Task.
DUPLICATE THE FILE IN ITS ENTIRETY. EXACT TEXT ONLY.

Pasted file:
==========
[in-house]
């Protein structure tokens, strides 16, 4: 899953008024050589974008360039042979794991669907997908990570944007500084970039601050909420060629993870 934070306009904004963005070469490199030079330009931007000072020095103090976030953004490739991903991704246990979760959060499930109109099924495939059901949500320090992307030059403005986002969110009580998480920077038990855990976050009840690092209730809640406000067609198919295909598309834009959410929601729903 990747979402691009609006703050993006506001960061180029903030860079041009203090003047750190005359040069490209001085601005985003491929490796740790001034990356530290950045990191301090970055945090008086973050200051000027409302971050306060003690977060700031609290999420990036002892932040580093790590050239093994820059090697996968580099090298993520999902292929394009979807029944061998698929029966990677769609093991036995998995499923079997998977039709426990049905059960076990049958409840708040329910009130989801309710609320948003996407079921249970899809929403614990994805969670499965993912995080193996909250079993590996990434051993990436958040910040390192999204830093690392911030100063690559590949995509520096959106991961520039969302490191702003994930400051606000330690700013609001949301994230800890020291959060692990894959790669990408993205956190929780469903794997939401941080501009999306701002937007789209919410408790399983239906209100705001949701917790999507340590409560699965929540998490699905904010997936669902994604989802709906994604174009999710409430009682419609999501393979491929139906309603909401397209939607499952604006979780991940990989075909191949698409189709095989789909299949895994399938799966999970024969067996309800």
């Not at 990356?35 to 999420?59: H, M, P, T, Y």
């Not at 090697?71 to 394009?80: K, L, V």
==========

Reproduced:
[in-house]
């Protein structure tokens, strides 16, 4: 899953008024050589974008360039042979794991669907997908990570944007500084970039601050909420060629993870 934070306009904004963005070469490199030079330009931007000072020095103090976030953004490739991903991704246990979760959060499930109109099924495939059901949500320090992307030059403005986002969110009580998480920077038990855990976050009840690092209730809640406000067609198919295909598309834009959410929601729903 990747979402691009609006703050993006506001960061180029903030860079041009203090003047750190005359040069490209001085601005985003491929490796740790001034990356530290950045990191301090970055945090008086973050200051000027409302971050306060003690977060700031609290999420990036002892932040580093790590050239093994820059090697996968580099090298993520999902292929394009979807029944061998698929029966990677769609093991036995998995499923079997998977039709426990049905059960076990049958409840708040329910009130989801309710609320948003996407079921249970899809929403614990994805969670499965993912995080193996909250079993590996990434051993990436958040910040390192999204830093690392911030100063690559590949995509520096959106991961520039969302490191702003994930400051606000330690700013609001949301994230800890020291959060692990894959790669990408993205956190929780469903794997939401941080501009999306701002937007789209919410408790399983239906209100705001949701917790999507340590409560699965929540998490699905904010997936669902994604989802709906994604174009999710409430009682419609999501393979491929139906309603909401397209939607499952604006979780991940990989075909191949698409189709095989789909299949895994399938799966999970024969067996309800």
């Not at 990356?35 to 999420?59: H, M, P, T, Y």
């Not at 090697?71 to 394009?80: K, L, V």